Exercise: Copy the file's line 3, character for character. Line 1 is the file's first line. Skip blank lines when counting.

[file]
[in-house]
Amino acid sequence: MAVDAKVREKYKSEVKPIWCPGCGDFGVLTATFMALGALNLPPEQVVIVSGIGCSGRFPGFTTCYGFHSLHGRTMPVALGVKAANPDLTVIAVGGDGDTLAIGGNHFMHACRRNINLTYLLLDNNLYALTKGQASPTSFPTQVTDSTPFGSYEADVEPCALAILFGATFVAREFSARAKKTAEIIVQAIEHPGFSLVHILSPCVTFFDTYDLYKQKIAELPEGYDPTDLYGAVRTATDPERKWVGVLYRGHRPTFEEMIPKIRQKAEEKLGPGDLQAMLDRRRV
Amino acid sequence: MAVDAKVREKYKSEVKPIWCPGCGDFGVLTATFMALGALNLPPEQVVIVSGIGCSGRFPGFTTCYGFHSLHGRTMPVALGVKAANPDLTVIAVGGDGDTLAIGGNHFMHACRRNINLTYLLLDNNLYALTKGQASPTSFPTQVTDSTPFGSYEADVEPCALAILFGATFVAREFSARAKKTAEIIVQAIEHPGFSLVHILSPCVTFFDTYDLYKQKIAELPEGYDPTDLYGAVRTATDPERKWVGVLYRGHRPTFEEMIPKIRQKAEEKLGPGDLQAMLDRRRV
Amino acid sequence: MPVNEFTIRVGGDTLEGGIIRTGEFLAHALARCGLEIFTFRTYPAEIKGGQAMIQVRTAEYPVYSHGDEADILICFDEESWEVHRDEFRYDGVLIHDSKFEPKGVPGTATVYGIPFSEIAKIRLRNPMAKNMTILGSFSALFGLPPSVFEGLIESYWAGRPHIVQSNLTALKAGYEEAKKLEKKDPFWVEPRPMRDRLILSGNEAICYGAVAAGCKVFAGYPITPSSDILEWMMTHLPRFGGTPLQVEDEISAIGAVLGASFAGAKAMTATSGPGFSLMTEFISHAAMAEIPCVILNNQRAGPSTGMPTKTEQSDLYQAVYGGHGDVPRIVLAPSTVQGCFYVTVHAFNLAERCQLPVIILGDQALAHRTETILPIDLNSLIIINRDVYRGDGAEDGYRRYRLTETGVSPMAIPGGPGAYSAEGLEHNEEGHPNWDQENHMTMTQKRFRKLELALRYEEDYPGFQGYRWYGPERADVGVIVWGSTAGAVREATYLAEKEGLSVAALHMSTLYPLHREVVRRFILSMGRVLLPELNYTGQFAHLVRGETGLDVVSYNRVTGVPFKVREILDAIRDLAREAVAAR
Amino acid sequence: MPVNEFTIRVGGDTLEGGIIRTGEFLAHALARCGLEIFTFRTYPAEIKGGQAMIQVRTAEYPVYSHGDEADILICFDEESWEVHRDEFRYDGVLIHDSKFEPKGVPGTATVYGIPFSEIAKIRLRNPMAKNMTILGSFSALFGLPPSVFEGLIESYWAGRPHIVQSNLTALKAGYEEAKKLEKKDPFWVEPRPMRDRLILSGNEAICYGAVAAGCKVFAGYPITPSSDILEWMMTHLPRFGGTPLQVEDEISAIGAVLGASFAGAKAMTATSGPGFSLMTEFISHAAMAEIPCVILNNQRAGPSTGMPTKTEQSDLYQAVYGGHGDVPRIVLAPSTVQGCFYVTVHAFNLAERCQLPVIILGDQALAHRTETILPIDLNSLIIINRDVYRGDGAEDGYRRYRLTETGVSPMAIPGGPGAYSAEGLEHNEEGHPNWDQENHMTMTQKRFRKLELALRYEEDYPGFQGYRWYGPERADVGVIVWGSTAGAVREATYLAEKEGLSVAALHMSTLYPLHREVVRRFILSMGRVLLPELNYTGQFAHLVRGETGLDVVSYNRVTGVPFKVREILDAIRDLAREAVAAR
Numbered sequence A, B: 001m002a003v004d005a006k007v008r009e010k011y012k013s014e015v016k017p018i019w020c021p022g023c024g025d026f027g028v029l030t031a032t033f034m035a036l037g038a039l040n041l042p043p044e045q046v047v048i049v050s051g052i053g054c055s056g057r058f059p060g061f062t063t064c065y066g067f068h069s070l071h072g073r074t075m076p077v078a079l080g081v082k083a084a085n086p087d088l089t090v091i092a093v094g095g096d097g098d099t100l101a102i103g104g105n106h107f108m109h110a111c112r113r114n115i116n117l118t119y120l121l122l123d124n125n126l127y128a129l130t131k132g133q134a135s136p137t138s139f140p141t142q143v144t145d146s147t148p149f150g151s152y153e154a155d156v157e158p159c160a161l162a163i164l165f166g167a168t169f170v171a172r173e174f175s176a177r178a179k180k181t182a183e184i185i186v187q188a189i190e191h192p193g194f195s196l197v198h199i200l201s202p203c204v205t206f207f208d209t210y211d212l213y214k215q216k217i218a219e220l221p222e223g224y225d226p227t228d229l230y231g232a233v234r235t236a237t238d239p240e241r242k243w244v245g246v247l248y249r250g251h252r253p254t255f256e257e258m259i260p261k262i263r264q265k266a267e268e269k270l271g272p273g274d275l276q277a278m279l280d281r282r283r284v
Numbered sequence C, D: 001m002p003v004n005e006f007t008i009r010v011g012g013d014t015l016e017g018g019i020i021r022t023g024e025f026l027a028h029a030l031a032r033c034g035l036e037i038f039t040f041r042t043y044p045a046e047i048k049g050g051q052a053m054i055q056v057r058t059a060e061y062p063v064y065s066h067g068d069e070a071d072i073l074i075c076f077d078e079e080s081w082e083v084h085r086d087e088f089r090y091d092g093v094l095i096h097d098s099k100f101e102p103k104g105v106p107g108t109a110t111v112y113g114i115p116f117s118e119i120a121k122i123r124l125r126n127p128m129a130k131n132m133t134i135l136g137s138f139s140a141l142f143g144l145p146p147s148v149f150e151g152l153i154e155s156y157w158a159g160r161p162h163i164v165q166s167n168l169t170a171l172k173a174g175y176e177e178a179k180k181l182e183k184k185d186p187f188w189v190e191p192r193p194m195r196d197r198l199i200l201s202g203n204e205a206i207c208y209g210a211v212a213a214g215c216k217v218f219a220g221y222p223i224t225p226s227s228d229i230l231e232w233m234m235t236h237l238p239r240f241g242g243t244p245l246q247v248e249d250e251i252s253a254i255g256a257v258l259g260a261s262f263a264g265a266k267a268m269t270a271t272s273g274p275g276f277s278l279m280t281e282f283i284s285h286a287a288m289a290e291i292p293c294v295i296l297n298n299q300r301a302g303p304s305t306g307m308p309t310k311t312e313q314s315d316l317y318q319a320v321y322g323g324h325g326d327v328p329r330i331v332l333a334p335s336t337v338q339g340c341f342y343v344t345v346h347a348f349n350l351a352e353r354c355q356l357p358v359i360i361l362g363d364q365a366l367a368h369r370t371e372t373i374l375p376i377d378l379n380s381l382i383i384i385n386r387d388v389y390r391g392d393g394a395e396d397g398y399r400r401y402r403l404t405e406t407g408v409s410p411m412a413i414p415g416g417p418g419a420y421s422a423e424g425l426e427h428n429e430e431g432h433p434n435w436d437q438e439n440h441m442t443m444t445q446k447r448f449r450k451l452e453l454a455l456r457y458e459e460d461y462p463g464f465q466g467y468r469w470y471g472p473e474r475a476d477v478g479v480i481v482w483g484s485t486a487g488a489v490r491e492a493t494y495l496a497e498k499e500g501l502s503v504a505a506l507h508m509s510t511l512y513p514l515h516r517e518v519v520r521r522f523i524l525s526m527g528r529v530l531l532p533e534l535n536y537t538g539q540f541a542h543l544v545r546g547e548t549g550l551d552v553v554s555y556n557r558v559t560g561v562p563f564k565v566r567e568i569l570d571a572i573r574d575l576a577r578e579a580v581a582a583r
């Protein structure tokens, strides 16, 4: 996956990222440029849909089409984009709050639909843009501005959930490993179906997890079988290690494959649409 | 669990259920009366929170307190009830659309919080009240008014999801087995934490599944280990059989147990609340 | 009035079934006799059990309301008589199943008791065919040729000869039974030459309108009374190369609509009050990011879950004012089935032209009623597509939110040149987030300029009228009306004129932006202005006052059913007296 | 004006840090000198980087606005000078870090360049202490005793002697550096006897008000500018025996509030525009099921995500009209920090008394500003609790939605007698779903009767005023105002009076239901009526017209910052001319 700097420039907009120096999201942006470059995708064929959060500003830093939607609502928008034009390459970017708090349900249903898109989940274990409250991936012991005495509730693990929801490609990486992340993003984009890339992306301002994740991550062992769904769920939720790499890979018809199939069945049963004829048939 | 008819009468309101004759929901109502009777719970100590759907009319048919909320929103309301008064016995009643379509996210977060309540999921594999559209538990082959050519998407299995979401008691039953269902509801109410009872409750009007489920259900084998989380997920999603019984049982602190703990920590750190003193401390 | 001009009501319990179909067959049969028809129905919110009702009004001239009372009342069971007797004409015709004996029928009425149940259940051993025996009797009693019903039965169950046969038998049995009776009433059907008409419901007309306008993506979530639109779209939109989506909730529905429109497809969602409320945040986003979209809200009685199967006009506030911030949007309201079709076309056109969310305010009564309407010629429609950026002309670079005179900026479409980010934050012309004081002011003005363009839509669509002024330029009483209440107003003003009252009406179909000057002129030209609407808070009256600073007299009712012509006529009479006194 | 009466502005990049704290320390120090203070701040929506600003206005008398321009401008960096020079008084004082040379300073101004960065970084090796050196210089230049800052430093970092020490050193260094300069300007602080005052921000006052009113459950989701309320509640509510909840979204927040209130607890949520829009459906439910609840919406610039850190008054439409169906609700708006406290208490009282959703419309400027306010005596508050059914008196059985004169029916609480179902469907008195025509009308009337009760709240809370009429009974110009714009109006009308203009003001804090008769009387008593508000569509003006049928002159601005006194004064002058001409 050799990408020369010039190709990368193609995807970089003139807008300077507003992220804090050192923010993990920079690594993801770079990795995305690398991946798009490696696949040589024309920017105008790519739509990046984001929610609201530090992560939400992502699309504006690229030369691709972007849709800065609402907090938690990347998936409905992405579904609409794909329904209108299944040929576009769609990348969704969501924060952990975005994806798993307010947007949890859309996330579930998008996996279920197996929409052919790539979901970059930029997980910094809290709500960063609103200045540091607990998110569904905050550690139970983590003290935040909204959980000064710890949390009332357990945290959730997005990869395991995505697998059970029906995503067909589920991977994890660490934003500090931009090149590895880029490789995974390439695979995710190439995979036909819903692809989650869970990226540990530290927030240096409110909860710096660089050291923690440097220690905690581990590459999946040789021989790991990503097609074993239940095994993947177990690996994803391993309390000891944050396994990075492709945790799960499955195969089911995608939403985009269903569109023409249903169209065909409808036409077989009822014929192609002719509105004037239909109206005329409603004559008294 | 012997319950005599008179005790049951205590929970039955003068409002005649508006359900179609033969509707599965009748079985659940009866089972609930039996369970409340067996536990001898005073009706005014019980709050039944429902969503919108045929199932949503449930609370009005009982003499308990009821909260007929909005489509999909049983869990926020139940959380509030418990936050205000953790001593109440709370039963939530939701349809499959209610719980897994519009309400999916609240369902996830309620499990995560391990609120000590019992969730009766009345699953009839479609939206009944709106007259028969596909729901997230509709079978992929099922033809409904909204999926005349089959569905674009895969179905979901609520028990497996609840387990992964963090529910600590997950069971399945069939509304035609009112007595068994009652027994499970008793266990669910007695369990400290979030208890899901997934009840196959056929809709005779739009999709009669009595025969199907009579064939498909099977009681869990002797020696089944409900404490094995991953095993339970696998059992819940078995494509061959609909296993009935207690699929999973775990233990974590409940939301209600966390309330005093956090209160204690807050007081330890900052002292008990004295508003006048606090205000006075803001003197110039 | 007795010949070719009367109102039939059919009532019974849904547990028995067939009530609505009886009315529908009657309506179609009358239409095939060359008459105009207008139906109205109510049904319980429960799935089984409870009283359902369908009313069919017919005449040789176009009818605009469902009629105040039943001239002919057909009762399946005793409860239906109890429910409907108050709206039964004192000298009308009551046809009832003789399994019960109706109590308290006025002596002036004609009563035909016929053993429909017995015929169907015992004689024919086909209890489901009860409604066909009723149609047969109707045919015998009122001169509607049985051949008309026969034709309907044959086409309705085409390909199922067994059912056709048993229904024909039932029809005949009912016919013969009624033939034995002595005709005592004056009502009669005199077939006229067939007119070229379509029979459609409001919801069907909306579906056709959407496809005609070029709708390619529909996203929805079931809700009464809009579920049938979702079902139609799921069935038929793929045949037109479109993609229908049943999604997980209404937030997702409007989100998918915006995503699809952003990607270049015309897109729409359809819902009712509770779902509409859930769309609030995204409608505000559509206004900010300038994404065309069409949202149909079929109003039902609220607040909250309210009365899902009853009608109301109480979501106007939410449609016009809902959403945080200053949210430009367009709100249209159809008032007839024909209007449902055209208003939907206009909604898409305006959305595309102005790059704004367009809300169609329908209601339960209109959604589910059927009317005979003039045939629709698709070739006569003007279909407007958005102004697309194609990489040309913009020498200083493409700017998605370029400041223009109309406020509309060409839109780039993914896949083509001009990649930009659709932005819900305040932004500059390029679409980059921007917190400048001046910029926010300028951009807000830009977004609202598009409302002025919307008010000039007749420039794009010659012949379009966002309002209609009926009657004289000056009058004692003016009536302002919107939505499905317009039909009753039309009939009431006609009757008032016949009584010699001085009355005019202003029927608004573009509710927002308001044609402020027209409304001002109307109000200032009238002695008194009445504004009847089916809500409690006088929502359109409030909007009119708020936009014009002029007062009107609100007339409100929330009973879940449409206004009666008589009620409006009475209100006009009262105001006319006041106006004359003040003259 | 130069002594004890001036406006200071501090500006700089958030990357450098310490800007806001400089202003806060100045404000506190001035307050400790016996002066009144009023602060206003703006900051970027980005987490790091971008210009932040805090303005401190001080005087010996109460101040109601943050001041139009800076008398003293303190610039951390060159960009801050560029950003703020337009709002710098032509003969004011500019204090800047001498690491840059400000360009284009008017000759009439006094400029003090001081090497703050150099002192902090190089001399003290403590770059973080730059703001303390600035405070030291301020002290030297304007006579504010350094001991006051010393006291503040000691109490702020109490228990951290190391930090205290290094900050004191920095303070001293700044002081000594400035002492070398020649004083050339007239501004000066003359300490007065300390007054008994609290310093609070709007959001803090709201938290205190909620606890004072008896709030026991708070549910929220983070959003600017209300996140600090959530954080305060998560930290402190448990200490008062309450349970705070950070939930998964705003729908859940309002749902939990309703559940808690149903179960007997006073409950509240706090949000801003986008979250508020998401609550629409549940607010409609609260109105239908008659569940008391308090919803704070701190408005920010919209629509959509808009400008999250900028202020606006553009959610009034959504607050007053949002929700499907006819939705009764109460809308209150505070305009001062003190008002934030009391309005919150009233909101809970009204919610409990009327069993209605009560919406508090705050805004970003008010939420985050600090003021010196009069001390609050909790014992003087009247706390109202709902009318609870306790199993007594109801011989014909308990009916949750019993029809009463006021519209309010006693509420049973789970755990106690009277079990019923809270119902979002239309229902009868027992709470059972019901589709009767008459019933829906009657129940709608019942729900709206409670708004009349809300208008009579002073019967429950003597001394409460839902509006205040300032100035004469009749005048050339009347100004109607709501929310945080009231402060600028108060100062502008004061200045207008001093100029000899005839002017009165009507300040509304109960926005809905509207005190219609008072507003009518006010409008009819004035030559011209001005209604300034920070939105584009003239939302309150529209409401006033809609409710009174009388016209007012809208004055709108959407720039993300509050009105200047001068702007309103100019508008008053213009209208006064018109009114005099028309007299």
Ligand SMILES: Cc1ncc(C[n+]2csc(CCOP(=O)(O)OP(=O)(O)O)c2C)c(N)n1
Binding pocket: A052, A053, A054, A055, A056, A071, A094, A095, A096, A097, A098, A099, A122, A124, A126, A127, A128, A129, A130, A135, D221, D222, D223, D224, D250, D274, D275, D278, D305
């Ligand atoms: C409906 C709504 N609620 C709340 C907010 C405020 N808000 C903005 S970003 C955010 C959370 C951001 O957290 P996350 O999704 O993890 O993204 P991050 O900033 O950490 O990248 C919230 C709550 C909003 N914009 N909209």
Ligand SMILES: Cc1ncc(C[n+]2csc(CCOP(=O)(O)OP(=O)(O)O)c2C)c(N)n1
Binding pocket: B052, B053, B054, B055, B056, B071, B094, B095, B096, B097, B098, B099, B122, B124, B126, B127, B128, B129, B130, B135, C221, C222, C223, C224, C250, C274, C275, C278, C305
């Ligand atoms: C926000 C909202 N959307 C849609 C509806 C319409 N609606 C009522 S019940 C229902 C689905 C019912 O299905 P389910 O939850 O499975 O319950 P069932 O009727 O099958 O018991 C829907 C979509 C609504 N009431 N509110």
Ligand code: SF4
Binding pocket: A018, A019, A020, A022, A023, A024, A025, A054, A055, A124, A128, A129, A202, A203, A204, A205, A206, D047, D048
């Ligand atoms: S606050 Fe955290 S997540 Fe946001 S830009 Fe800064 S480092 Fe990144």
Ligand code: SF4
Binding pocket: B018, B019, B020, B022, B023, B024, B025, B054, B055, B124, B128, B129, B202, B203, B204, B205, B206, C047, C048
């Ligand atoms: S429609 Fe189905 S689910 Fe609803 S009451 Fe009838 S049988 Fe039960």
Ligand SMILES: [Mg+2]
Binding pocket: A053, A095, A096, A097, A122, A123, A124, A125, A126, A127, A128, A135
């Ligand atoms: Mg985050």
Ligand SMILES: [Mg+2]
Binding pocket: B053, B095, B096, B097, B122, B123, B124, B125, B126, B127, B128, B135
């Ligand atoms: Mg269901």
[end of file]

Amino acid sequence: MAVDAKVREKYKSEVKPIWCPGCGDFGVLTATFMALGALNLPPEQVVIVSGIGCSGRFPGFTTCYGFHSLHGRTMPVALGVKAANPDLTVIAVGGDGDTLAIGGNHFMHACRRNINLTYLLLDNNLYALTKGQASPTSFPTQVTDSTPFGSYEADVEPCALAILFGATFVAREFSARAKKTAEIIVQAIEHPGFSLVHILSPCVTFFDTYDLYKQKIAELPEGYDPTDLYGAVRTATDPERKWVGVLYRGHRPTFEEMIPKIRQKAEEKLGPGDLQAMLDRRRV